in a way that shows careful planning, use of many kinds of given
information from a real situation, selection of appropriate mathematics
from and
,
and employment of results from one step as input to the next step.
The student also made many choices dictated by the goal that the
theater should have “the greatest seating capacity” consistent
with the given space. For example, the response uses the smallest
allowed dimension (90 cm) for the depth of a row, thus yielding
the maximum number of rows.
Still, the
response does not take the next step in attempting to create the
greatest seating capacity, namely pursuing alternate ways of meeting
the constraints of the design and comparing them for the resulting
seating capacity. This portion of the work shows the steps taken
to meet the constraint on the maximum number of seats (30) allowed
per row. The student found that a 4aisle design would give 44 seats
in the last row of each section, that a 5aisle design would give
35, and that a 6aisle design would give 29. The choice of a 6aisle
design thus seems natural. Still, it seems necessary to note that
other possibilities were not explored in the response. For example,
if 5 radial aisles are used, and are made wider toward the rear
of the theater to limit the number of seats per row in a section
to 30, then a total capacity of 1,585 can be reached. And with a
6aisle design, if the seats are pushed rearward as far as possible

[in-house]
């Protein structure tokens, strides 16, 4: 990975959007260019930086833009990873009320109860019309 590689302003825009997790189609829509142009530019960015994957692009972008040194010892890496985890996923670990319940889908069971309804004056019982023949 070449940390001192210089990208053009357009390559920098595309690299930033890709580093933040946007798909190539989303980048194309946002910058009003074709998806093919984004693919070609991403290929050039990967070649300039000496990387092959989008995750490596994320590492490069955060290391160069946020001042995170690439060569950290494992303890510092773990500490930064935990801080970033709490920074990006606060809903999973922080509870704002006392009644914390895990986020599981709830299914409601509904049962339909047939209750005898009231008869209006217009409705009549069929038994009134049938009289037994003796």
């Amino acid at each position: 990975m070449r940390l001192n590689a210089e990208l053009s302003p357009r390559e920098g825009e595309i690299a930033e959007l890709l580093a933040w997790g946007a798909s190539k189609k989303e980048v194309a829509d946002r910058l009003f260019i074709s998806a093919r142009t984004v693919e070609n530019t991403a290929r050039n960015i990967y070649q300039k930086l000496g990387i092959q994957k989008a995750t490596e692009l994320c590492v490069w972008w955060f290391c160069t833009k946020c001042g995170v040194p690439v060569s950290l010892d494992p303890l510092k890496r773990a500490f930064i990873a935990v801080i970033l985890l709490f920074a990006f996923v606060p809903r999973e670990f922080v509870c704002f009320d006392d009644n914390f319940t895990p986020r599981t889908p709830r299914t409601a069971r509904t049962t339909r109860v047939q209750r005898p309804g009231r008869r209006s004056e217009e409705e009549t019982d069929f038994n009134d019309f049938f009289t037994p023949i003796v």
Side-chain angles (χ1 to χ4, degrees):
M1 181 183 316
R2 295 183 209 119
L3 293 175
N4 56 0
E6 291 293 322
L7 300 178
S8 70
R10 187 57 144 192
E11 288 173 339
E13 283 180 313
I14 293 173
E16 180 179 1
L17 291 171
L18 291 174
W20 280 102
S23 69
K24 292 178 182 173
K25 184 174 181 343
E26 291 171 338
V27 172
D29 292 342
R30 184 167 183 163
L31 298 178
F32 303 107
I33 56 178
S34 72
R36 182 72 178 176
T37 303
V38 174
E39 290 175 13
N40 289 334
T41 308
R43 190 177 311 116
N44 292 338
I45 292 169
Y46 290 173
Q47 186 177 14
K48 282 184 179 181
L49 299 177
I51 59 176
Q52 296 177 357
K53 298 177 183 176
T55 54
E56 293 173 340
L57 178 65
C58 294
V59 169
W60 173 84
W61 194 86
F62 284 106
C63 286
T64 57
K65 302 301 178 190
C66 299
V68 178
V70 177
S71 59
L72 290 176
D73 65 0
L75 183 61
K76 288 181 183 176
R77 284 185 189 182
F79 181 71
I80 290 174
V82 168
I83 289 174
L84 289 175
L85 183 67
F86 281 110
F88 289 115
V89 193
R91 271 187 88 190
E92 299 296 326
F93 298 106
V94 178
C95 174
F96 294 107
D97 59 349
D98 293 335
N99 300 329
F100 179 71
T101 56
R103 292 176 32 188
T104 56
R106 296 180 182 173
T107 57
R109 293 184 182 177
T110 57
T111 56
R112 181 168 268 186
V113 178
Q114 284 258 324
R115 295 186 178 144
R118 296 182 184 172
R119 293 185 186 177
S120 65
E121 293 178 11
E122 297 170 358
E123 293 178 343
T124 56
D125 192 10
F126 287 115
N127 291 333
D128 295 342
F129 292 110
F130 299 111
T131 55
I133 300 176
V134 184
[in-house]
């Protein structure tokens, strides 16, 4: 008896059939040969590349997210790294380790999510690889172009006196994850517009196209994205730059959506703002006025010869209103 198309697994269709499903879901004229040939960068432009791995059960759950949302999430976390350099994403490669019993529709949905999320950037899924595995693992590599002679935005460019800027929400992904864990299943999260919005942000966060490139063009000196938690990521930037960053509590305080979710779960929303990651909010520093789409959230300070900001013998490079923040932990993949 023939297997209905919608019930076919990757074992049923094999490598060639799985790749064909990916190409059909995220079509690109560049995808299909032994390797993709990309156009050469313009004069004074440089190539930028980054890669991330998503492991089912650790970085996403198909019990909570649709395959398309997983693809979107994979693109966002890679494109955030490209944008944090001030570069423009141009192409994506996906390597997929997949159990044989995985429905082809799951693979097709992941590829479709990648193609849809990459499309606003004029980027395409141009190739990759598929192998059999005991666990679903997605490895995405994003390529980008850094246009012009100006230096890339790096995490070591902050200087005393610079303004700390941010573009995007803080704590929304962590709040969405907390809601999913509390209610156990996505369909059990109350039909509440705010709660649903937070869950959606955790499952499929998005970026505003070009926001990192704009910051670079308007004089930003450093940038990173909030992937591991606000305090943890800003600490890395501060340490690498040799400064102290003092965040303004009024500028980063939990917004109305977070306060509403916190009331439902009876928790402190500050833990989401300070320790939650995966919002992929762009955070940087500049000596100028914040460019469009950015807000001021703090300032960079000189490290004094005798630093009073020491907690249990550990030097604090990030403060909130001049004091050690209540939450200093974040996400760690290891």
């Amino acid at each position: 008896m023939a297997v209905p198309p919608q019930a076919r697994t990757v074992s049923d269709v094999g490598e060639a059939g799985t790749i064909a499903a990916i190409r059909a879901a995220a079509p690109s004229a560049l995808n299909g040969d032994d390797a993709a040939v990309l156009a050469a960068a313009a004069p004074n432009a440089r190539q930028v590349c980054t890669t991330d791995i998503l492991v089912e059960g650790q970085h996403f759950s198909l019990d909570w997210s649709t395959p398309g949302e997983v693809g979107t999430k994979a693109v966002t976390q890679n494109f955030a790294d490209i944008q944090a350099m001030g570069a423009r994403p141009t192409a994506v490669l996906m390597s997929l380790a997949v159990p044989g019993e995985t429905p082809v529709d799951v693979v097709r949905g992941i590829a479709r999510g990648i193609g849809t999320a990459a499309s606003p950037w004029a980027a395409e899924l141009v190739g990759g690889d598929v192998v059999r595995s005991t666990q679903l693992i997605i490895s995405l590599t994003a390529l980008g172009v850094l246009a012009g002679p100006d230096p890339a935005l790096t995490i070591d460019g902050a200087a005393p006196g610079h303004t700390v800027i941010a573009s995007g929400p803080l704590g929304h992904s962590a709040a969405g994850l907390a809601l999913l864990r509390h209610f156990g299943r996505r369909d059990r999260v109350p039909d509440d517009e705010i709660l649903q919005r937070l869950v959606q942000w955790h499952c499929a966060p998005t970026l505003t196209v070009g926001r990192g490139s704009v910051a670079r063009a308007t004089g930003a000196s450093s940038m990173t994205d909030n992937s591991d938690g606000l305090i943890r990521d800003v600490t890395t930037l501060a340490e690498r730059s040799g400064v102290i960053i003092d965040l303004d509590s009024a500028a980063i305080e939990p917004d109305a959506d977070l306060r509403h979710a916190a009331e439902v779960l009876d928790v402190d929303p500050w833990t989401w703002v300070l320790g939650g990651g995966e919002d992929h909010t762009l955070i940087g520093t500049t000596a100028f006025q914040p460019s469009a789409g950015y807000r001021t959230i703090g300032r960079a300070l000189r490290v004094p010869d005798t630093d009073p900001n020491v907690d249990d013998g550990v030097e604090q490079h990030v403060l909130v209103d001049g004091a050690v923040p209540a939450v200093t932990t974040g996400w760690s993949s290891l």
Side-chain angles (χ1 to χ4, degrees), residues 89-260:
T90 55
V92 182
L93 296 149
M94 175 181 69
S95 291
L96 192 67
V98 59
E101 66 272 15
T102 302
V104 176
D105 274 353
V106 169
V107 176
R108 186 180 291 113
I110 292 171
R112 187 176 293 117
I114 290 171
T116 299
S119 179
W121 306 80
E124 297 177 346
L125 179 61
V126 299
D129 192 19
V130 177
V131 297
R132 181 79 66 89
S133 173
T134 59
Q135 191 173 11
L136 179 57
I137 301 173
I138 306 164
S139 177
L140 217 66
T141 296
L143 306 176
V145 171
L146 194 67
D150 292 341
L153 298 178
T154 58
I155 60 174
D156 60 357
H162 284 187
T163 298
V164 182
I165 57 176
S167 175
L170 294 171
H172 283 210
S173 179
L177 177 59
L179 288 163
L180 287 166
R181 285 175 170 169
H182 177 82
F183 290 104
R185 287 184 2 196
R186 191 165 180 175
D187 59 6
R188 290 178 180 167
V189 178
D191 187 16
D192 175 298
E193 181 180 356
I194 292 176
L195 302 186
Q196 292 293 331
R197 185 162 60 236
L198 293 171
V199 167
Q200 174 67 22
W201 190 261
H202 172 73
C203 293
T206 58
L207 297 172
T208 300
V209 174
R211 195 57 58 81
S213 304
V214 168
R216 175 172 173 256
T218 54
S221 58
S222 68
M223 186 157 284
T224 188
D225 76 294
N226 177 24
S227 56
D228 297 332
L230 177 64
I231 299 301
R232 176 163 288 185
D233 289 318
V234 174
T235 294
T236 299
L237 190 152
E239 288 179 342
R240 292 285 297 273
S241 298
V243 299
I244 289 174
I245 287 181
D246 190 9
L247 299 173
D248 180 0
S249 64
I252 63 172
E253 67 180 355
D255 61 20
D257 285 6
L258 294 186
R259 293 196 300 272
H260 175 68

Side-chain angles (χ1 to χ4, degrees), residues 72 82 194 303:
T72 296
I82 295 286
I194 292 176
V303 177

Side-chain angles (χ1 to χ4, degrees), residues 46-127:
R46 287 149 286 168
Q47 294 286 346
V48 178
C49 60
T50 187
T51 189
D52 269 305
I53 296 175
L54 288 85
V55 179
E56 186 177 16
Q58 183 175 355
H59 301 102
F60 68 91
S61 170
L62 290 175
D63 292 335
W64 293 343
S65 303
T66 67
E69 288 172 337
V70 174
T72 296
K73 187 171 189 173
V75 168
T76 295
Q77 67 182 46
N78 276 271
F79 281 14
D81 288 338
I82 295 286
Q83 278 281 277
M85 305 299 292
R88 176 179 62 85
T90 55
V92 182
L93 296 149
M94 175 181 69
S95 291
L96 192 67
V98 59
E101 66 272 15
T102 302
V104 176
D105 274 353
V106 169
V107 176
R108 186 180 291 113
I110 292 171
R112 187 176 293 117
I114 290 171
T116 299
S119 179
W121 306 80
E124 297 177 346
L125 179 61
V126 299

(by making the outside concentric aisle width its minimum of 2 m)
there are 1,614 seats possible, which is 60 more than the response’s
1,554 seats in a design using a rear aisle width of 2.4 m. In this
sense the student did not do full justice to the goal of obtaining
the greatest seating capacity. Nevertheless, the maximum seating
requirement here is a very difficult one to meet and justify, and
the fact that this student did not fully accomplish this does not
detract from the fact that the response illustrates the indicated
portions of .
c
Problem Solving and Mathematical Reasoning:
Conclusion. The student…concludes a solution process with a
useful summary of results….
The conclusion
summarizes the results obtained.
b
Mathematical Skills and Tools: The student
rounds numbers used in applications to an appropriate degree of
accuracy.
This remark “you can’t have .8 of a seat” should
actually say “you can’t have .7 of a seat” since
it refers to the fractional part of the number = 178.7 seats obtained
in the calculation mentioned previously. Still, the rounding down
to an integer value is correct.
e
Mathematical Skills and Tools: The student
makes and uses rough sketches…or precise scale diagrams to
enhance a solution.
a
Mathematical Communication: The student is
familiar with basic mathematical terminology….
Here and
throughout the work, the student used terminology such as “radial
aisles” in an appropriate and consistent way.
h
Mathematical Communication: The student writes
succinct accounts of the mathematical results obtained in a mathematical
problem or extended project, with diagrams,…tables, and formulas
integrated into the text.
The student produced a clear explanation of
the thinking that went into the design, together with diagrams showing
features of the design and a formula for the crucial calculation
of the number of seats in a row. Particularly good examples of communication
include:
The
student explained in words where the result of “44 seats per
row” came from. The explanation amounts first to the calculation
,
rounded down to 178 seats in the last row, then the calculation
178/4 = 44.5, rounded
down to 44 seats per section. A little thought shows that this is
equivalent to the one step calculation ,
rounded down to 44 seats. This calculation is crucial to the whole
problem. The response gives an explicit formula for this calculation
for the 6aisle case.
The
conclusion summarizes the results obtained.
The word “sollution” in the final paragraph should be
“solution.”